One chance encounter with a tweet took me through the looking glass. That’s how I felt as I chased details of the history of Antioch College in Columbia and its futuristic Bubble. Yes, it was all still Columbia…but with a twist.
Along with the smiling, clean-cut images in old photos of early Columbia residents were a different lot. Young people, perhaps a bit scruffy, long-hair, blue jeans or peasant skirts…
The footage of Antioch students working on The Bubble awakened memories in me. I found that I had an emotional connection to these young people. I “knew” them. They were my older sisters’ friends, the kids from LRY.* The images took me back to a time in my own life where I was peeking in to what the big kids were doing - - having coffee together after church, playing volleyball in our backyard, coming to parties at our house.
They had “rallies” with other Unitarian youth groups around Ohio and in Pennsylvania. They made their own rules, decorated their own spaces. Created their own songbook.
It wasn’t hard to imagine that the mission of Antioch Columbia resonated deeply with many young people of that generation. They didn’t merely want to break all the rules. They wanted to be an integral, active part of creating new environments and new experiences. Not new rules. New ways of being.
Jim Rouse, from an entirely different generation, saw value in experiential and cooperative education. He actively sought out Antioch. He invited into the beginnings of the New American City something out of the ordinary. Rule breakers. People who loved the process more than the product.
“…the campus became an experimenting one, not experimental.”
Learning this made me feel more connected to the beginnings of Columbia than I ever have. I always thought that those early years were all about creating a Garden of Eden for Mom and Dad and two kids. I saw around me Pioneers vociferously defending their suburban Garden of Eden. But it was more than that. It was messy and wacky and far out and the concept that people would try and fail spectacularly was built in right from the very beginning.
That, to me, was The Big Secret that learning about Antioch and The Bubble revealed to me.
Suddenly all the indignant objections against Merriweather Park at Symphony Woods made me laugh. People who maintain to this day that they “know what Jim Rouse would have wanted” picked apart almost every aspect of the early McCall plan. They mocked the Chrysalis from the outset: as a concept, all through the construction process, and after its completion. The shape was ugly, the color garish. The plans for the park would bring about the Disney-fication of Rouse’s precious dream.
When I looked at those kids hanging out together, preparing The Bubble for inflation, I laughed. The part of Columbia worth saving, worth “protecting” is the part where we value process, experimenting, and sharing our skills and talents. Risk-taking was encouraged. The focus was not on meeting the expectations of others. These students were not worried about looking foolish or offending the neighbors.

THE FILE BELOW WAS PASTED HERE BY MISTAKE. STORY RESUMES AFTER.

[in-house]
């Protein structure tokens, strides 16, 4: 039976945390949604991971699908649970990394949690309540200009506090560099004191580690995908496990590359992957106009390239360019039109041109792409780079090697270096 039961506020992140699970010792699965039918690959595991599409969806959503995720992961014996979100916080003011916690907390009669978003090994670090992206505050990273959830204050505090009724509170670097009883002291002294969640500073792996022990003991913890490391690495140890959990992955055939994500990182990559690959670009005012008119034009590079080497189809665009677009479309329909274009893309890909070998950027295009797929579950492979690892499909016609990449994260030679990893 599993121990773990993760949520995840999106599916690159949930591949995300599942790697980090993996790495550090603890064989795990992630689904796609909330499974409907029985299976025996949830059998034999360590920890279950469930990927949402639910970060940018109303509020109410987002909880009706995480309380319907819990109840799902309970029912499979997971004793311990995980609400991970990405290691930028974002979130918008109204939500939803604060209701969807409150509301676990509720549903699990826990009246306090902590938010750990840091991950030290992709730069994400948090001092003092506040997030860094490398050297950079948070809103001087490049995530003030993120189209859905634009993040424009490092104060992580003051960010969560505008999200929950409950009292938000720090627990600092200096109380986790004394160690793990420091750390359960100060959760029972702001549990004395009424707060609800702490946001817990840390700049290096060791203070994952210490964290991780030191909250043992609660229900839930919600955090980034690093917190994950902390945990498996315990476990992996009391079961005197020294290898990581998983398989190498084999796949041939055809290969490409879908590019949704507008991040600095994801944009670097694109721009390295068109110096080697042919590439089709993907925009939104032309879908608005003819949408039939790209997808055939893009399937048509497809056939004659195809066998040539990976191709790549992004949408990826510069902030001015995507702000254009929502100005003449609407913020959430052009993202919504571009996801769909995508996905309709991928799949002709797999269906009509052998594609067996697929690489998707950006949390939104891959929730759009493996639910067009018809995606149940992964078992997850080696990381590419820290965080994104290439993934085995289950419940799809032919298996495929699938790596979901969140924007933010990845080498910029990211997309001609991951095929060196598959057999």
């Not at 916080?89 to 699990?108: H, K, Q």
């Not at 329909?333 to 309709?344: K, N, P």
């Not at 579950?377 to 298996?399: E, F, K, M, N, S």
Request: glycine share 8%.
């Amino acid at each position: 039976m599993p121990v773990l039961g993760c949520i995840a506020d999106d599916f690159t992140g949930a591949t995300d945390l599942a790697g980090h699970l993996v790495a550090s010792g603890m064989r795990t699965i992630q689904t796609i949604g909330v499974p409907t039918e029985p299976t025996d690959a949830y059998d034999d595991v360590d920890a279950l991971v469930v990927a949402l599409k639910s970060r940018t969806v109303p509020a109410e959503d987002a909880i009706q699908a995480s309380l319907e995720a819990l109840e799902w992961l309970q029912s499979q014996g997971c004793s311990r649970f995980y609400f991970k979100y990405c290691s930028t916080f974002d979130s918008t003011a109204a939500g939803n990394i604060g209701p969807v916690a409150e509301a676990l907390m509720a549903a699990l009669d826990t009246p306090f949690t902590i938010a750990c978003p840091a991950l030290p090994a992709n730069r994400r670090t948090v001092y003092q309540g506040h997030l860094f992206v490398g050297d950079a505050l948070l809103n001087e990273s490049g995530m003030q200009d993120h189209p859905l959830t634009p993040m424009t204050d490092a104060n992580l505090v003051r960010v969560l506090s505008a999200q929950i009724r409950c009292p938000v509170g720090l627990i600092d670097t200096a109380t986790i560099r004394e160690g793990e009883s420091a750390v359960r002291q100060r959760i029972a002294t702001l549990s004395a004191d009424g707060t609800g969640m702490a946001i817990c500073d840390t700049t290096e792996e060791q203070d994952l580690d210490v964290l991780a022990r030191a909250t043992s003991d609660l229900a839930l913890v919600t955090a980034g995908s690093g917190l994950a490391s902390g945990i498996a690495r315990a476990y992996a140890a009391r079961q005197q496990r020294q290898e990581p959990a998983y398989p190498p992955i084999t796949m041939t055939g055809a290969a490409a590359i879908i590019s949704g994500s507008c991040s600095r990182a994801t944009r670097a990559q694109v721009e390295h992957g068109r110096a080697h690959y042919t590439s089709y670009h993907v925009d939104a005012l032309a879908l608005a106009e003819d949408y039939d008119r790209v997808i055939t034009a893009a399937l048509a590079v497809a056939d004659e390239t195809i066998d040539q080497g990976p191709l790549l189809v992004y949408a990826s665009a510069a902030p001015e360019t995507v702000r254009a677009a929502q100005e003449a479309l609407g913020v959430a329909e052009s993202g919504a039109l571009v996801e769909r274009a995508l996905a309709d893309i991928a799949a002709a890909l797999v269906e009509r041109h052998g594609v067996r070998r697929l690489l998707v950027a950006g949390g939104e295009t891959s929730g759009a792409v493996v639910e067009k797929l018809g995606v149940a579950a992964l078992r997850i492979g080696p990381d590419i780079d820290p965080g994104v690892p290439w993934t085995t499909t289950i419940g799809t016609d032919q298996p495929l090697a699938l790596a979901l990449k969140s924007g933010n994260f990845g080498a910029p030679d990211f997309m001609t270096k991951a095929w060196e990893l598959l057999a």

They were learning how failures along the way were an integral part of the process. And one more thing: they knew from the outset that the inflatable college building was impermanent. It was a risk worth taking.
This is not to say that Columbia’s earliest residents aren’t entitled to have a say in Columbia’s future. Not at all. But I wonder: in the struggle to protect what they love, has their concept of what belongs in the The New American City become rigid, or brittle? If a school like Antioch Columbia showed up today and wanted to allow students free reign to create a cutting-edge impermanent structure, would they be welcomed?
I reached out to the original poster of the tweet via email yesterday to offer my thanks. Joel Kuszai is a professor of English at Queensborough Community College, CUNY. He responded:
That was spurred by a group that is working on this issue, some in Yellow Springs, OH. There is a lot more to this. I posted a video about this on you tube, also and can share pictures…I had done a lot of work on this about 15 years ago or so and so have lots of pictures etc. documents, etc.
Ooh. I could be learning about this for a long time to come. Who knew?
Possibly my favorite response to yesterday’s post came in a Columbia-centric Facebook group.
Where was the bubble? My mother swears it was in Symphony Woods and I'm too young to remember... and my search found nothing!
The reply, from Founder and retired Director of the Columbia Archives Barbara Kellner:
I think your mom might be right. Sorry I can’t confirm. The answer is in the archives.
Ha! Now we have come full circle.
It’s very likely that the Columbia Archives really is our Columbia Curiosity Bureau. I tend to think of it as the very respectable repository of significant documentation of the Great Columbia Experiment. And yet the archives probably contain a fair amount of the unusual, humorous, and surprising. A few weeks ago I stumbled on a bit of Columbia history that I had been completely ignorant of and it was the wackiest, most way-out thing I’ve learned about the place in 23 years. - - “In Defense of Curiousity”, 9/30/22
The answer is in the archives.
*Our family belonged to the Unitarian Society of Cleveland which leaned extremely liberal for the time, especially the youth group that my sisters participated in: LRY, which stood for Liberated Religious Youth. - - jam
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